Audiovisual Physics Reports Students' Video Production as a Strategy for the Didactic Laboratory

Audiovisual physics reports: students' video production as a strategy for the didactic laboratory This article has been downloaded from IOPscience. Please scroll down to see the full text article. 2012 Phys. Educ. 47 44 ( Download details: IP Address: The article was downloaded on 12/02/2012 at 17:25 Please note that terms and conditions apply. View the table of contents for this issue, or go to the journal homepage for more Home Search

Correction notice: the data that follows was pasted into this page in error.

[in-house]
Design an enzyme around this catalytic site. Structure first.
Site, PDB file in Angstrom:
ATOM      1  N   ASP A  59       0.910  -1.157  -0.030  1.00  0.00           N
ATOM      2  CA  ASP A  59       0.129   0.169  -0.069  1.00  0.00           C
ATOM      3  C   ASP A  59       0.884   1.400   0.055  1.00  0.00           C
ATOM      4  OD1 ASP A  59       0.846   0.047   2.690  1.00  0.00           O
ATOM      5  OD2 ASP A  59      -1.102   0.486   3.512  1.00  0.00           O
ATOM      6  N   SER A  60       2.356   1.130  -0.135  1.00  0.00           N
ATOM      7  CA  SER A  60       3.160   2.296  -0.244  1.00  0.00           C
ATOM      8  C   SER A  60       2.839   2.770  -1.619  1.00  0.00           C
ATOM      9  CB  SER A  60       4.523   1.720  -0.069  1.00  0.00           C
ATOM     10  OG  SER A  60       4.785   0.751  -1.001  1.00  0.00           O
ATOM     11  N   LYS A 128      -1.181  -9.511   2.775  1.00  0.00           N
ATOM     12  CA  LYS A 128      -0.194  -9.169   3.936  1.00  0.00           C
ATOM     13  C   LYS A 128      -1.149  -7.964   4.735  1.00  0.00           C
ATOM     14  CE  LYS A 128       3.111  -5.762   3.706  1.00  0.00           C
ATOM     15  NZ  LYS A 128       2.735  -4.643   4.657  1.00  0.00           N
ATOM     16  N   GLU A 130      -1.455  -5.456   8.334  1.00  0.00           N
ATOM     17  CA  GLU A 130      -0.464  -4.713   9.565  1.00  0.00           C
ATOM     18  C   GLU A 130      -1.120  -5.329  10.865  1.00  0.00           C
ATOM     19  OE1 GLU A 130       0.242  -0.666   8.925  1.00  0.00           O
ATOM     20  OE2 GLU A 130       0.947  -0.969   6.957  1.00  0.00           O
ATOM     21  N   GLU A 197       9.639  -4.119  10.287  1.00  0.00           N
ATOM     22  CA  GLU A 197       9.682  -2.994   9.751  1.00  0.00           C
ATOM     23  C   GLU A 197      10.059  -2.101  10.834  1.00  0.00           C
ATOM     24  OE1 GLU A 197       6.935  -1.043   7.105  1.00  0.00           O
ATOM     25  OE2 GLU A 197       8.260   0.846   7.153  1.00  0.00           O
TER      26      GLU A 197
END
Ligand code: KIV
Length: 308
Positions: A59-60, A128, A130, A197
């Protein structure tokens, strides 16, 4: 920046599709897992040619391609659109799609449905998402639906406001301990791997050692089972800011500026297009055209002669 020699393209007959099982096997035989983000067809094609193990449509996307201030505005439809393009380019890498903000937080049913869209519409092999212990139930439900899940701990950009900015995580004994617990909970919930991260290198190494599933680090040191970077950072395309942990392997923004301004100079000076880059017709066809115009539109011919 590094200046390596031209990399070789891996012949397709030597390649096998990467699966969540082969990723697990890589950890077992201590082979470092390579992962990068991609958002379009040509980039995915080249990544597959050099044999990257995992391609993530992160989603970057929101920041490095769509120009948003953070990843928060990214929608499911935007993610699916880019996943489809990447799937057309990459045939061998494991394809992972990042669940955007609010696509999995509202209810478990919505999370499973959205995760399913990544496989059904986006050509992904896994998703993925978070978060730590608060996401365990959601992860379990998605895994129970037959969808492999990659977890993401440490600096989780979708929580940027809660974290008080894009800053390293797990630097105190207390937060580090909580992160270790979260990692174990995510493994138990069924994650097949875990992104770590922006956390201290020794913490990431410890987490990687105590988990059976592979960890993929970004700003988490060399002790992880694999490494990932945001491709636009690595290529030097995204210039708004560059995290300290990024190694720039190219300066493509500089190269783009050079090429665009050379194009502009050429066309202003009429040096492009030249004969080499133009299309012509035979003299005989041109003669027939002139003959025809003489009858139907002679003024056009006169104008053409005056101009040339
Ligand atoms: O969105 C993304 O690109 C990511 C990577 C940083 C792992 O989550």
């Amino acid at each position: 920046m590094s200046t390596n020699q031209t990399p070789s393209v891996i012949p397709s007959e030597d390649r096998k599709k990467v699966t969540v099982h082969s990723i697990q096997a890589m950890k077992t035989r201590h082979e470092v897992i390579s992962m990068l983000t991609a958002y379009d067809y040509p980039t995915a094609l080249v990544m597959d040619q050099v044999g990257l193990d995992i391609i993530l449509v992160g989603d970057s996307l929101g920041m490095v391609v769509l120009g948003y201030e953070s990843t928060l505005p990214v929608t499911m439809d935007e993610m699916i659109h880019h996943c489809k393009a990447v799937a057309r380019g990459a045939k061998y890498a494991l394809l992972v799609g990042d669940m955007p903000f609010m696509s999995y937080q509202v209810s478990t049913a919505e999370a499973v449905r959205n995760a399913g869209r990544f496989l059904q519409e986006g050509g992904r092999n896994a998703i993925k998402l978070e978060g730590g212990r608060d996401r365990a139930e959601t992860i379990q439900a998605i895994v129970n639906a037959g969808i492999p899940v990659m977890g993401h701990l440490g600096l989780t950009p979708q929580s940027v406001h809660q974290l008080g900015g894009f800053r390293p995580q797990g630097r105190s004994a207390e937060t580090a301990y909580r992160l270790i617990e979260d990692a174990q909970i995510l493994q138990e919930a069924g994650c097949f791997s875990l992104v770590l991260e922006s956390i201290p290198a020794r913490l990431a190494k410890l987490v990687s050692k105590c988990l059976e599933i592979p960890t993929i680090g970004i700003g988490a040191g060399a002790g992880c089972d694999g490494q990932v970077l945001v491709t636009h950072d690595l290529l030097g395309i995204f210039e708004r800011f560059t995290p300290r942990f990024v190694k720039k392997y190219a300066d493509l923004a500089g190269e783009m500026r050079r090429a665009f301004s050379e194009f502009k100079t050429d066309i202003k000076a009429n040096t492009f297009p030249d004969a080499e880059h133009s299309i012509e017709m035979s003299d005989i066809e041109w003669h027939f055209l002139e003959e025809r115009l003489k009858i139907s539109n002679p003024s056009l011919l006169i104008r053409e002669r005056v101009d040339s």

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  Audiovisual physics reports: students' video production as a strategy for the didacticlaboratory This article has been downloaded from IOPscience. Please scroll down to see the full text article.2012 Phys. Educ. 47 44( details:IP Address: article was downloaded on 12/02/2012 at 17:25Please note that terms and conditions apply.View the table of contents for this issue, or go to the  journal homepage for more HomeSearchCollectionsJournalsAboutContact usMy IOPscience  P  APERS Audiovisual physics reports:students’ video production as astrategy for the didacticlaboratory Marcus Vinicius Pereira 1 , Susana de Souza Barros 2 ,Luiz Augusto C de Rezende Filho 2 andLeduc Hermeto de A Fauth 1 , 3 1 Instituto Federal do Rio de Janeiro, Rio de Janeiro, Brazil 2 Universidade Federal do Rio de Janeiro, Rio de Janeiro, Brazil 3 Universidade Federal Fluminense, Rio de Janeiro, BrazilE-mail:,, and Abstract Constant technological advancement has facilitated access to digital camerasand cell phones. Involving students in a video production project can work asa motivating aspect to make them active and reflective in their learning,intellectually engaged in a recursive process. This project was implementedin high school level physics laboratory classes resulting in 22 videos whichare considered as audiovisual reports and analysed under two components:theoretical and experimental. This kind of project allows the students tospontaneously use features such as music, pictures, dramatization,animations, etc, even when the didactic laboratory may not be the placewhere aesthetic and cultural dimensions are generally developed. This couldbe due to the fact that digital media are more legitimately used as culturaltools than as teaching strategies. Introduction For the last 50 years there has been a tacitagreement among science educators that experi-mental work facilitates the understanding and con-struction of physics concepts, encourages activelearning, motivates the interest of the studentsand contributes to the development of logicalreasoning and communication, thus encouragingenterprise, imagination and group work [1]. Thesearguments led many to associate good physicsteaching practices to efficient strategies that helpimplement, as much as possible, practical work atschool. It is also true that most of the research inphysics education correlates experimental practiceto improvement in students’ learning and in thelast few decades science education research work has pointed out experimental work as a majorenhancer of physics learning, so for those reasonslabwork activities performed by the student havebeen considered as a ‘magicwand’ needed tosolvethe many learning difficulties known in physicseducation. 44  P HYSICS  E DUCATION  47 (1)  0031-9120/12/010044+08 $ 33.00  ©  2012 IOP Publishing Ltd  Audiovisual physics reports The experimental activitiesat the introductoryphysics level are expected to contribute to thedevelopment of procedural skills. Nedelsky [2]claims that their central goal is to bring thestudent to comprehend the relationships betweenscience and nature. This aspect is corroboratedby Kirschner’s ideas [3]: ‘ it is the teacher’s job toteach science, teach about science, and teach howto do science’. Lunetta, Hofsteinand Clough[4] are scepticaland, searching for evidence in the vast literature of the field, argue that the main goals of the learningoutcomes that should arise from the physicsteaching laboratory are often not met. These goalsinvolve conceptual understanding and proceduralabilities (exploring arguments from the data),knowledge of how science and scientists work,interest and motivation, understanding of researchmethods and scientific reasoning, including thenature of science. According to Borges [5]the effectiveness of the didactic laboratory inpromoting learning has been in question over theyears.The European survey [6] conducted in sevencountries does not point to much improvementin science education as related to labwork,not even in those situations where schoolshave the appropriate conditions for experimentalteaching. The report mentions that practicalactivities tend to be limited to the manipulationof objects/materials/instruments and they arefrequently performed with procedures where thestudents follow precise instructions and methodsof analysis provided by programmed teacher’sinstructions. One of the recommendations isrelated to the false pretence that a broad spectrumof goals can be attained ‘at once’, objectives thatmany a time may not be compatible with the typeof activitycarried out. It is also worth commentingthat often teachers take for granted the ability of the students to perform certain actions for whichthey have not been instructed. Furthermore, thesurvey recommends that in introductory physicsclasses the tasks performed in a given laboratorysession should always be designed to deal withonly a few specific objectives [7, 8]. As in many countries around the world,laboratory classes in Brazil are seldom introducedin regular programmes and when this is donestudents follow a labwork guide that describes theexperiment to be performed, while equipment isalready laid out on the bench set up by the teacheror tutor. Observations, results and conclusionsare already structured and so reported. Probably,the main reason for this choice is the allocationof a larger proportion of theory over practicalassignments within the science teaching scheduleof many schools.This strategy gives little incentive for thestudents to reflect on the conceptual aspects of phenomena under study or to develop a deeperunderstanding required to overcome the eventualshortcomings of the experimental activity. Theplanning of measurements and the exploration of the relations between physical quantities involvedare also poorly done. Frequently, the physicalmodel underlying the phenomena and the possibledisagreements between predictions and results arenot shown in the conclusions, impoverishing datainterpretation and theoretical explanation. From tradition to innovation Currently school education can be seen in transi-tion from traditional to innovative methodologiesandmostlythestudentsstillremainasthereceiversof information. There are also good reasonsto acknowledge the place taken by ICT (infor-mation and communication technology) resourcesbecause they are considered by political decisionmakers as a solution for the teaching problems of school science education. If this type of resourcecan be used it is important to recognize its placeand limitations, because its role does not replacewhat labwork does for sound science learning.Because of the growth of ICT facilities and theamount of didactic material currently offered,there is a risk that they may replace the laboratoryas the new educational ‘magical wand’ of thismillennium.So it could be expected that the acceleratedtechnological revolution may contribute to thedemands of changes in education [9]. Physics teaching can take advantage of these resources,since it is possible to videotape physical phe-nomena, opening a motivational strategy for thestudentswho could become producers of their ownactivities.Nowadays technological gadgets are withinthe reach of the common citizen, thus makingit possible to introduce independent audiovisualproduction as a new strategy. From thisperspective the school can be thought of as an January 2012 P HYSICS  E DUCATION  45  M V Pereira  et al  irradiating pole of knowledge and the teacher asthe mediator, leading the students to externalizetheir creative thinking while producing a video.This is a new way of thinking and doing, tomake the students ‘ discover new possibilities of expression, performing group experiences in acollective creation effort  ’ [10]. This article proposes to discuss the role of video production by the students as an approach tothe physics laboratory which has proven efficientwhen implemented in a Brazilian high school. Students’ video production project The production of a video independently madeby the students brings a fresh perspective tothe practical work they experience in school.The strategy allows the implementation of objec-tives such as intellectual (academic), procedural(trying concepts to realize physical quantities)and cognitive–affective (motivating students toundergo a process of metacognitionthroughoutthewhole experiment).The possibility of innovation changes therhythm of a physics classroom, modifying themerely one way communication and introducingactivities planned, organized and performed bythe students. When using a video camerathey can externalize creative thoughts as wellas warrant the pedagogical potential, because itallows visualization of physical situations relatedto conceptual physical models, and so bring aboutthe discovery of new possibilities of expressionwhile experiencing exchanges while working in agroup in an effort of collective creation [10, 11]. A strategy to develop laboratory activitiesbased on students’ video production of physicsexperiments can provide a feasible substitutefor the traditional didactic laboratory [12].When involved in the project the pupil engagesin different activities, both instrumental andcognitive: hands on and minds on. They areresponsible for all the steps to mount and test theexperiment, which means involvement along thecomplete line of events necessary for the task: toidentify and research key concepts, principles andlaws that allow them to understand and create theexperimental situation which will be tested andmodified as required.For the development of their project thestudents can either use the equipment available inthe school laboratory or create their own setup. Itis also essential to present a written outline of thegeneral ideasandprocesses toestablishatimetablefor the activities to guide the production. Thisorganization gives the students a flexible scheduleto develop independent work as well as to allowthe feedback that characterizes this kind of task.It is important that students realize theassignment is not an amusing game, but it hasthe intention of developing a structured piece of work. Video attributes are anticipated in orderto structure the intellectual component of theenterprise, so the following points are made clearfrom the start. The video produced should: ã  pursue a set of a few main objectives; ã  allow concept comprehension; ã  be conceptually autonomous; ã  present a logical sequence; ã  integrate oral, written and visual languages(clarity of communication); ã  be no longer than 4 min in length.Several objectives define the project features: ã  cognitive : the project may enhance (induce)students’ cognitive processes for the learningof physics concepts; ã  motivational–technological : to immerse thestudents actively in their learning process andto use technological resources (digital videocameras and other devices to record andcapture images, audio and software forediting the video); ã  recursive–reflexive : the project is developedin short related steps, which are notnecessarily linear, allowing ‘round trips’according to the tasks. Project development The complete implementation of this project takesabout four months of school time, resulting in avideo produced in groups up to five students each.To begin with, written material with back-ground information, objectives, video characteris-tics, timing/schedule and criteria of assessment ispresented. Each group selects a topic and beginsresearch of physical concepts and the choice of practical activities. Next, the groups plan, mountthe set-up and test the experimental situation.It is important to draw attention to theimportanceof guidanceinorder toproduce a videoasanaudiovisualreport. Atthispointtheyproduce 46  P HYSICS  E DUCATION  January 2012